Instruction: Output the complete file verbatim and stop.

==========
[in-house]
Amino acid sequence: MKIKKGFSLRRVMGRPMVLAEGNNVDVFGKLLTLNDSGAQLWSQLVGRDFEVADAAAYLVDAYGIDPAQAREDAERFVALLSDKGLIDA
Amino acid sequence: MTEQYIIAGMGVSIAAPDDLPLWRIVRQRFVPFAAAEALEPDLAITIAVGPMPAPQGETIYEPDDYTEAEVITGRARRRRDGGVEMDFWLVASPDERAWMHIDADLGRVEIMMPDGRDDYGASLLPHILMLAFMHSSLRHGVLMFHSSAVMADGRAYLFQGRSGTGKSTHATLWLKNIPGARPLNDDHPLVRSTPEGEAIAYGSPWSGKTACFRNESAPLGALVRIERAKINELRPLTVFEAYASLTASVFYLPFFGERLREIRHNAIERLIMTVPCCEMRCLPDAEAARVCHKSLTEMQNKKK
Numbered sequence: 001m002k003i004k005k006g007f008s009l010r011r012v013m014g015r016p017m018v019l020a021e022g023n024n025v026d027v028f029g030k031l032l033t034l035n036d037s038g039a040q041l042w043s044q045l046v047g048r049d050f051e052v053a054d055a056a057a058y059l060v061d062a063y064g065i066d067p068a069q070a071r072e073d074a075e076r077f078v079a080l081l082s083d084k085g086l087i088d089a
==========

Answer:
[in-house]
Amino acid sequence: MKIKKGFSLRRVMGRPMVLAEGNNVDVFGKLLTLNDSGAQLWSQLVGRDFEVADAAAYLVDAYGIDPAQAREDAERFVALLSDKGLIDA
Amino acid sequence: MTEQYIIAGMGVSIAAPDDLPLWRIVRQRFVPFAAAEALEPDLAITIAVGPMPAPQGETIYEPDDYTEAEVITGRARRRRDGGVEMDFWLVASPDERAWMHIDADLGRVEIMMPDGRDDYGASLLPHILMLAFMHSSLRHGVLMFHSSAVMADGRAYLFQGRSGTGKSTHATLWLKNIPGARPLNDDHPLVRSTPEGEAIAYGSPWSGKTACFRNESAPLGALVRIERAKINELRPLTVFEAYASLTASVFYLPFFGERLREIRHNAIERLIMTVPCCEMRCLPDAEAARVCHKSLTEMQNKKK
Numbered sequence: 001m002k003i004k005k006g007f008s009l010r011r012v013m014g015r016p017m018v019l020a021e022g023n024n025v026d027v028f029g030k031l032l033t034l035n036d037s038g039a040q041l042w043s044q045l046v047g048r049d050f051e052v053a054d055a056a057a058y059l060v061d062a063y064g065i066d067p068a069q070a071r072e073d074a075e076r077f078v079a080l081l082s083d084k085g086l087i088d089a